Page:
Cyber warfare presents a number of challenging questions with regard to international humanitarian law (IHL) - particularly here in the United States, where different types of activity, such as cyber crime, virtual intelligence gathering, and military operations are covered by various government agencies.
Recently, I had the opportunity to sit down with the ICRC's chief legal advisor on cyber issues, Laurent Gisel, who is based in Geneva, and our DC-based deputy legal advisor, Gary Brown, who is a retired Air Force Colonel and previously served as the top lawyer at US Cyber Command.
I put a series of questions to both of them, such as: What are the challenges that cyber space itself poses to IHL (also known as the law of armed conflict)? Why is the ICRC interested in cyber warfare in the first place? Is IHL flexible enough to adapt to cyber weaponry? How do you ensure the protection of civilians when cyber warfare is used? And finally: What makes this field so exciting? (According to Gary, despite the doomsday headlines we so often see, there may be an upside to cyber warfare.)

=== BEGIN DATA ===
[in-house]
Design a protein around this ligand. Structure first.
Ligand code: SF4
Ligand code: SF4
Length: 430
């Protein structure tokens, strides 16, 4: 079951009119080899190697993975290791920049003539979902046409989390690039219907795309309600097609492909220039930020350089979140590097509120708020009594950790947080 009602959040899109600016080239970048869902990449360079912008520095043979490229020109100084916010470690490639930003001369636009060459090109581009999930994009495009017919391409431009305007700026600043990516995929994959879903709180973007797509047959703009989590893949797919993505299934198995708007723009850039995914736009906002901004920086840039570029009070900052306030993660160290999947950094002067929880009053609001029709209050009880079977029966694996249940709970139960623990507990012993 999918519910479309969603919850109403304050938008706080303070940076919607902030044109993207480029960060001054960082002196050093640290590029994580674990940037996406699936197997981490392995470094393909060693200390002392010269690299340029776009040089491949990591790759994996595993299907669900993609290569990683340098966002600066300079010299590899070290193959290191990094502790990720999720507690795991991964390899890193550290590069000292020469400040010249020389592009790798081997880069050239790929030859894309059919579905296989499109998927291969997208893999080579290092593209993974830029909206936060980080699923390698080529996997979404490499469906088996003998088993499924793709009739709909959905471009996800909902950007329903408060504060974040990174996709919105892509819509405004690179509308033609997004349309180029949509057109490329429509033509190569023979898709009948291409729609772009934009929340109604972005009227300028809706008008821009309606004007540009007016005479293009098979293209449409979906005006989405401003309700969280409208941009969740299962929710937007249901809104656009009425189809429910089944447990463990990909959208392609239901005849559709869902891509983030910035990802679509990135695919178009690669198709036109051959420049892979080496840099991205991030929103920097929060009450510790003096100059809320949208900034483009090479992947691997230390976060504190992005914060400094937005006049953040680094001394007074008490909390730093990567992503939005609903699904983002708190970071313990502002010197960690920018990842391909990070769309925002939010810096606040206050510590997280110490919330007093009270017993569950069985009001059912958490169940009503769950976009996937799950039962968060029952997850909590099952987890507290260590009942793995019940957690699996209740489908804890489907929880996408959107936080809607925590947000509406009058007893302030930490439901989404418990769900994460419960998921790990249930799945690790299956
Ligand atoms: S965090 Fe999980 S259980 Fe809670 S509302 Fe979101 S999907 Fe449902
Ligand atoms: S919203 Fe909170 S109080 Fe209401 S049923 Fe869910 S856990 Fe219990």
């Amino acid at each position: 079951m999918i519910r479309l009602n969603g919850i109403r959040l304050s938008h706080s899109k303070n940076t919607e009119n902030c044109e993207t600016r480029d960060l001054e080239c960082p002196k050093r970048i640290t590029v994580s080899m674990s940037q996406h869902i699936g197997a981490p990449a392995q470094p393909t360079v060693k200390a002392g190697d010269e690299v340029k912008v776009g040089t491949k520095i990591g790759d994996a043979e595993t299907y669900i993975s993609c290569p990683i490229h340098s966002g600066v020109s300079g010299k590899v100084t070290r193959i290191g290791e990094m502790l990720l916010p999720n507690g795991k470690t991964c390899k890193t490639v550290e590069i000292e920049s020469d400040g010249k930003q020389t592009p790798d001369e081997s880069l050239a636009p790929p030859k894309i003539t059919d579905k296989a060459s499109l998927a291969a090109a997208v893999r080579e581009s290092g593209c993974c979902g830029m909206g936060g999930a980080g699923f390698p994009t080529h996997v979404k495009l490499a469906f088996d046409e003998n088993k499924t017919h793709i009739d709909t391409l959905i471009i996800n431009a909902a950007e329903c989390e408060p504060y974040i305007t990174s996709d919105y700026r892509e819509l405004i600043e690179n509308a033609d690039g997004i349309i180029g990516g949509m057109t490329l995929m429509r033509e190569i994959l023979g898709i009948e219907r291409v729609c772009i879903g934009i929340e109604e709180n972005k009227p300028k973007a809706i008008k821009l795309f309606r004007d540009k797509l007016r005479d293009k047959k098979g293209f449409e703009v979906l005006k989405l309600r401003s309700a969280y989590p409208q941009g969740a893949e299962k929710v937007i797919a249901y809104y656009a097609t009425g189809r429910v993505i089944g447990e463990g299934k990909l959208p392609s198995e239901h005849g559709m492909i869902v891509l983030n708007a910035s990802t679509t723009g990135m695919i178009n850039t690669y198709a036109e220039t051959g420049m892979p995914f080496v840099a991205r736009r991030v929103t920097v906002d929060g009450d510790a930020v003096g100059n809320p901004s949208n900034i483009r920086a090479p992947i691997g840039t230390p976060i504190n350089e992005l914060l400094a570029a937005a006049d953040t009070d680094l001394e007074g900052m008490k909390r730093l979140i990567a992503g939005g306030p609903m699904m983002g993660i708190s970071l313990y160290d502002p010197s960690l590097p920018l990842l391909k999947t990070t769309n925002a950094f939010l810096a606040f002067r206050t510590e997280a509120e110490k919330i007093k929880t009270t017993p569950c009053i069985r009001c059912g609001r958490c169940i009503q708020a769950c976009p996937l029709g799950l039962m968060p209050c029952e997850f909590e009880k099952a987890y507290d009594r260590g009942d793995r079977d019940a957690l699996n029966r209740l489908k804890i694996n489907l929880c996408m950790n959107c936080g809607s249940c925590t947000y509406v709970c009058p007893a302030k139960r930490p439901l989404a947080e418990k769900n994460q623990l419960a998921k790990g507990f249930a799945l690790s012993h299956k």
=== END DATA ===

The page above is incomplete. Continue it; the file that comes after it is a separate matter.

Check out our video conversation below.
Here are some previous posts on cyber warefare you might enjoy:
A piece Gary wrote last year summing up a five-part series we did on cyber (with links to the other posts in that series).